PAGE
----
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Coping with anxiety during COVID - adults | Mental health | Birmingham City Council

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Coping with anxiety during COVID - adults

Throughout COVID we are all to spending more time at home, as such we are all experiencing new or different feelings. Anxiety is the feeling we get when we feel worried, tense or afraid. It can happen in lots of situations, for example when we are about to learn things that are usually unpleasant to hear, or even worrying about something that might happen in the future. Being anxious is a natural emotion that anyone can experience especially when we are just that ‘little bit down’. It’s a natural human response when we think we are under threat from whatever source. Anxiety happens through our thoughts, feelings and physical sensations and can appear any time without warning. Anxiety can also cause us to focus our attention more on what is happening around us and can give us a rush of adrenaline that makes our reaction extreme. This is often referred to as ‘fight or flight’.

Anxiety can affect your daily life by giving you a sense of not being in control of your life. The good news is there are plenty of things you can try to help cope with anxiety. But remember, always seek further advice or help if you feel that you are not coping well.

To understand your anxiety:

  • Try and keep a diary of what you are doing and how you feel at different times. This can help identify what's affecting you and what you need to act on.
  • Don’t hide it if you are feeling anxious. Instead, if your worry feels like it’s getting on top of your life and is taking over your day, set yourself some time to make a list of anything that is making you anxious. Go through them each day, this is a good way to then focus on other things you want to be getting on with.
  • Don’t get into a pattern of focusing on negative thoughts, feelings and behaviour as they can lead to unhelpful actions. Instead, recognise them for what they are, challenge them and replace with more positive thinking and behaviour.
  • Some people find relaxation by practicing Yoga, mindfulness or breathing exercises helpful. They reduce tension and focus our awareness on the present moment. Think of a time when you were in a good place, the colours of the rainbow and your own favourite colour, what you enjoy doing most (such as gardening, cooking your favourite dish). Think happy thoughts.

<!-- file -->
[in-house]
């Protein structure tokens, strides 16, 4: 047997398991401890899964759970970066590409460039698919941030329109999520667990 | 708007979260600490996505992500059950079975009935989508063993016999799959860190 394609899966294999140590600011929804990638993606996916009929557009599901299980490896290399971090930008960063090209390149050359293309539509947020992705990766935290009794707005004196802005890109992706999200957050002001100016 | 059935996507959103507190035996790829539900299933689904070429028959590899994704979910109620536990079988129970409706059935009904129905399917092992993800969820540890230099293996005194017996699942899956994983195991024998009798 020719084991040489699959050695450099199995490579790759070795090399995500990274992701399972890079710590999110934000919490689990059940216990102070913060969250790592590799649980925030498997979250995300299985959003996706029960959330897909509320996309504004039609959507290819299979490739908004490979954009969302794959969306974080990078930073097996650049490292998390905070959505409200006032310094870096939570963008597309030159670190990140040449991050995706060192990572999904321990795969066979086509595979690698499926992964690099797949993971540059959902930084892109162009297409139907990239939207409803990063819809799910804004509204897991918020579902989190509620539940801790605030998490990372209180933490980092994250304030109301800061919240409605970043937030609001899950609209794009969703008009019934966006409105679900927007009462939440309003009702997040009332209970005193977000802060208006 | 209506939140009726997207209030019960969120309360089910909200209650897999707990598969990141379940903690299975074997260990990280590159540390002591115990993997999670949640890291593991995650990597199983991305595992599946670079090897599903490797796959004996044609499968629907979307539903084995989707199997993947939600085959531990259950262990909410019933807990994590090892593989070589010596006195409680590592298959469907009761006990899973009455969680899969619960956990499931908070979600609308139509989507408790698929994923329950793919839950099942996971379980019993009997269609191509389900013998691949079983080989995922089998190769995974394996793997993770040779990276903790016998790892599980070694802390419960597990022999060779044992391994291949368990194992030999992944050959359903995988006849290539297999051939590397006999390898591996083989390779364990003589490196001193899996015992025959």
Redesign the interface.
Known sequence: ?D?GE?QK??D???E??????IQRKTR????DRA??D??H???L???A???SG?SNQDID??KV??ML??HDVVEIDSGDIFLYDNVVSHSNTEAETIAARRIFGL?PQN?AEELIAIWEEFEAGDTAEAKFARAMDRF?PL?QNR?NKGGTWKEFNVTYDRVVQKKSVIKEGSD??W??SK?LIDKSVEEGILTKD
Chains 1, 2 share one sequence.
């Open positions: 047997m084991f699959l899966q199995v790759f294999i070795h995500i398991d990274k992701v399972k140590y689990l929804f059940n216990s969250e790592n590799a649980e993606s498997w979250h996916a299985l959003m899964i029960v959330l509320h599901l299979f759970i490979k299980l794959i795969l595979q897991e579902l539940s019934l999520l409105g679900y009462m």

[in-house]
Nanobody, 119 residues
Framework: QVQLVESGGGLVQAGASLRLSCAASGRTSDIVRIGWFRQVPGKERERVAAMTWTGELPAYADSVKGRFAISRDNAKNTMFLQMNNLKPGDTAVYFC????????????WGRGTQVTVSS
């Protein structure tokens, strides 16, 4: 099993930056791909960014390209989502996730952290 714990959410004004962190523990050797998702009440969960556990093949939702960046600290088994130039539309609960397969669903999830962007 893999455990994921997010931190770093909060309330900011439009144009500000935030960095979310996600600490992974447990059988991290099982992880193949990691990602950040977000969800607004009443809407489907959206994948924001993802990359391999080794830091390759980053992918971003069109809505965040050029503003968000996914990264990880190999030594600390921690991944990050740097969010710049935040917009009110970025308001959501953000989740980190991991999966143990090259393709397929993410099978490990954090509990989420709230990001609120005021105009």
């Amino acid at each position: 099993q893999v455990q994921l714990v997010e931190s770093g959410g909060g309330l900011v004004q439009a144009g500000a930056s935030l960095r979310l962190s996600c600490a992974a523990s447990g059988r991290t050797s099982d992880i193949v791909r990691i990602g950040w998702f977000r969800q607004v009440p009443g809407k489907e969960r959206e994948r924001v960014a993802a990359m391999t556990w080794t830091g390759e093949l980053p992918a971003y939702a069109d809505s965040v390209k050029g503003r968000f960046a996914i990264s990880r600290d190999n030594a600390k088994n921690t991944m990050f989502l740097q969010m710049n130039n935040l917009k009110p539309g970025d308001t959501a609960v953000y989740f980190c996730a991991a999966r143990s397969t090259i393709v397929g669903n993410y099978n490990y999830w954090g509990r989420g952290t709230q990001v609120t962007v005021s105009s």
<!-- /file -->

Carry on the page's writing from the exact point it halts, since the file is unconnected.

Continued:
• Don’t avoid unpleasant situations as they will still be hanging around and will not help you to break the cycle. Instead, face them and then move on.

A dozen things to remember and keep on your radar:

  1. Do some practical things, other than chores, that keeps you occupied
  2. Stay connected with family, friends, and neighbours, whether it’s by phone, WhatsApp, or across the garden fence, making sure you are following guidelines on social distancing
  3. Talk about your worries – always remember it’s good to talk!
  4. Look after your body by exercising – you can find exercises on our Active at home page - it’s just as important as your mind
  5. Do not let difficult feelings get you down, stamp on it and stay focused on the positive
  6. Stop watching the news constantly – instead read a book, watch a film, or a cookery programme
  7. Take up a hobby such as craft work, learn to knit (you could be making a woolly-pully ready for next winter!)
  8. Keep doing the things you enjoy that you can safely do at home
  9. Take time out to relax – sun on your face, eyes closed and listen to the birds or observe the trees coming into buds
  10. Plan your day and get yourself into a good routine – change this occasionally if you think something else will work better for you
  11. Keep your mind active – draw or write, learn some new words that you can drop into your conversations or phrases in a foreign language – challenge yourself
  12. Make sure you get a good night’s sleep